Air Travel for Individuals with Disabilities

 December 3, 2015
Posted by M&LAdmin4

December 3rd, 2016

Hello everyone, and welcome back to the blog this week! We hope that you all had a happy and a healthy Thanksgiving break. We almost can’t believe how fast this year has been going – it is amazing that we are a couple of short weeks away from the holiday season!

In fact, considering that the holiday season is fast approaching, we would like to take this opportunity to share with you an interesting email that we recently received. The email (circulated by the Arc of Montgomery County, a wonderful advocacy organization operating out of Maryland) focused on helping individuals with disabilities with their holiday travel concerns. Specifically, the email contained a document released by the US Department of Transportation, called Guide: Air Travelers with Developmental Disabilities.

This document focuses on federal guidelines and regulations surrounding travelers with disabilities, and the rules and regulations that commercial airlines have to abide by when their passengers have disabilities. For those of you who may not be aware, these regulations were first established in 1986 by the Air Carriers Access Act (ACAA), which was created to protect individuals with physical and mental disabilities from discrimination by commercial airlines. This law was amended in 1990, when the Department of Transportation issued a rule “defining the rights of passengers and the obligations of air carriers under this law.”

Please join us as we take a quick look at the ACAA, and provide a brief explanation of the responsibilities of the airlines as well as the responsibilities of the passenger with disability when travelling via aircraft.


As mentioned, the ACAA is federal legislation that protects individuals with disabilities against discrimination by commercial airlines. It also lays out the responsibilities of both the airlines and the passengers with disabilities when an individual with disabilities is travelling via aircraft.

If you would like to read the ACAA in full, please click here. For the purposes of this blog, however, please see below for brief summary of the obligations of the airlines in regards to individuals with disability when travelling on commercial airlines (as taken from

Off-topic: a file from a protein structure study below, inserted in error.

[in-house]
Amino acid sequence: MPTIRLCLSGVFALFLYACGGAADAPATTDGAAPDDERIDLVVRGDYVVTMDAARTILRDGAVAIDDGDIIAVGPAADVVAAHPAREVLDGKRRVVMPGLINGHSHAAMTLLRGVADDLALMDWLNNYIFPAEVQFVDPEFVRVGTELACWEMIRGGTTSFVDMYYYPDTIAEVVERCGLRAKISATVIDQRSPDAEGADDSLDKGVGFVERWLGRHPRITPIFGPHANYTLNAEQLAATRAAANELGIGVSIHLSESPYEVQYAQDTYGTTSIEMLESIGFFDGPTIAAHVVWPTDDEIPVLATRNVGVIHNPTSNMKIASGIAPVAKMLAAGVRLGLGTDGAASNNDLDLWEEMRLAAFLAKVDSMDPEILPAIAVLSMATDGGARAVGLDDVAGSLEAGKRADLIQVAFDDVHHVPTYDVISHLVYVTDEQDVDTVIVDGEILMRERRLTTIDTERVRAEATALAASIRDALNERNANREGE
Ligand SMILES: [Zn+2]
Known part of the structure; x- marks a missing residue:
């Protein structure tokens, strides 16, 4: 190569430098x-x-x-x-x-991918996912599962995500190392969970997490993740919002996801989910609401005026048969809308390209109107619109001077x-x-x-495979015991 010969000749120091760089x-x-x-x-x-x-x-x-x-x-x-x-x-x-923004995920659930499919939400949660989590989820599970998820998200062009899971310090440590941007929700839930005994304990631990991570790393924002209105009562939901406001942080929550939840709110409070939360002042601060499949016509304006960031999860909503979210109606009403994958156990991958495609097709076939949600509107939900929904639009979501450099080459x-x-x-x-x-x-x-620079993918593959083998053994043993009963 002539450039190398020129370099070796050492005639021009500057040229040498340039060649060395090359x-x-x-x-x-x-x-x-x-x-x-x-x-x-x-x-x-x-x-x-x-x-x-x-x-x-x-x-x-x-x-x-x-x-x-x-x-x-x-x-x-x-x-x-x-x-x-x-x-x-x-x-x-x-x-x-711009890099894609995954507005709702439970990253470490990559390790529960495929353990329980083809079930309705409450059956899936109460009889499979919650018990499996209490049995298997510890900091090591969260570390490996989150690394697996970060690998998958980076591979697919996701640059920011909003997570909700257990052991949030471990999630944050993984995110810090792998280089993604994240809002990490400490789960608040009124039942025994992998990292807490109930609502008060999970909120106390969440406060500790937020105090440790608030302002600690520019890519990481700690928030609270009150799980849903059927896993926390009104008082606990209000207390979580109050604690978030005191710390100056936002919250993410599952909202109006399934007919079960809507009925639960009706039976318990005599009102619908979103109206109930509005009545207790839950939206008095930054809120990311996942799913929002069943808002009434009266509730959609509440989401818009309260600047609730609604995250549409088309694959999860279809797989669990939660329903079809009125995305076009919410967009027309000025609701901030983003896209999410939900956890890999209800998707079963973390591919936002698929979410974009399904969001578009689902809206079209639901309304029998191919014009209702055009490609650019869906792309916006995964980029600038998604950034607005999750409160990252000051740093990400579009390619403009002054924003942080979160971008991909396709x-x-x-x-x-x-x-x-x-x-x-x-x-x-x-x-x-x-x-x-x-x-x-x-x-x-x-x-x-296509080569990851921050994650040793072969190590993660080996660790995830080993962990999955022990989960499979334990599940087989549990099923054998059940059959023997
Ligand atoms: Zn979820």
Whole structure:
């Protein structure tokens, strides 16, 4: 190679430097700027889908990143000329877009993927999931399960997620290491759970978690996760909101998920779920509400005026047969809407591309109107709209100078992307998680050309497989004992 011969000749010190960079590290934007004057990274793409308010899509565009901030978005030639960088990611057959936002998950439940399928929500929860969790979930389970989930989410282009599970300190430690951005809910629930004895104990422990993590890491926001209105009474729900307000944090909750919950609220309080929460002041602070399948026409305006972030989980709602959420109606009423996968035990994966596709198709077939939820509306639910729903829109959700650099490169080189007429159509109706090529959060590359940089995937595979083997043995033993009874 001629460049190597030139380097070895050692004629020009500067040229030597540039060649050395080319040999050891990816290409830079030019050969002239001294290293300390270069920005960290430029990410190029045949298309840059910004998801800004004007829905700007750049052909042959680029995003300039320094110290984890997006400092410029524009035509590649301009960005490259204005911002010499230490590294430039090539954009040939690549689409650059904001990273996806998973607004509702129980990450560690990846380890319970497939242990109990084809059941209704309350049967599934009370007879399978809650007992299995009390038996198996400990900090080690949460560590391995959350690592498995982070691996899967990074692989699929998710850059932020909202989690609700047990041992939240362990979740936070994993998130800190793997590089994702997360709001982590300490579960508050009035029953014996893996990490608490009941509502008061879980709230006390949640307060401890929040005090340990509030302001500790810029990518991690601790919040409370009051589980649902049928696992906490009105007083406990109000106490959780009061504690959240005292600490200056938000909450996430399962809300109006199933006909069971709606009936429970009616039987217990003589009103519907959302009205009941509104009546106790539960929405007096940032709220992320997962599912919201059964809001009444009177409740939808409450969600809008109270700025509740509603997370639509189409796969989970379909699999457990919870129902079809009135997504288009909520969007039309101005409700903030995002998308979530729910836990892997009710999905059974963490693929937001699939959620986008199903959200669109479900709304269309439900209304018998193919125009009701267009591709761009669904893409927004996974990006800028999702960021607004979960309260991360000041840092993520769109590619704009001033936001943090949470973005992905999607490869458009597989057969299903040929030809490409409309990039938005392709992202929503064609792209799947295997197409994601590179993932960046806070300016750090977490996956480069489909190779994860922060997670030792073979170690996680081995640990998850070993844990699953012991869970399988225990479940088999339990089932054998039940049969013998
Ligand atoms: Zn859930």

Obligations of the airlines

  • Carriers may not refuse transportation to people on the basis of disability. Airlines may exclude anyone from a flight if carrying the person would be inimical to the safety of the flight. If a carrier excludes a handicapped person on safety grounds, the carrier must provide the person a written explanation of the decision.
  • Airlines may not require advance notice that a person with a disability is traveling. Carriers may require up to 48 hours’ advance notice for certain accommodations that require preparation time (e.g., respirator hook-up, transportation of an electric wheelchair on an aircraft with less than 60 seats).
  • Carriers may not limit the number of handicapped persons on a flight.
  • Carriers may not require a person with a disability to travel with an attendant, except in certain limited circumstances specified in the rule. If the person with the disability and the carrier disagree about the need for an attendant, the airline can require the attendant, but cannot charge for the transportation of the attendant.
  • Airlines are required to provide assis­tance with boarding, deplaning and making connections. Assistance within the cabin is also required, but not extensive personal services. Where level-entry boarding is not available, there must be ramps or mechanical lifts to service most aircraft with 19 or more seats at U.S. airports with over 10,000 annual enplanements.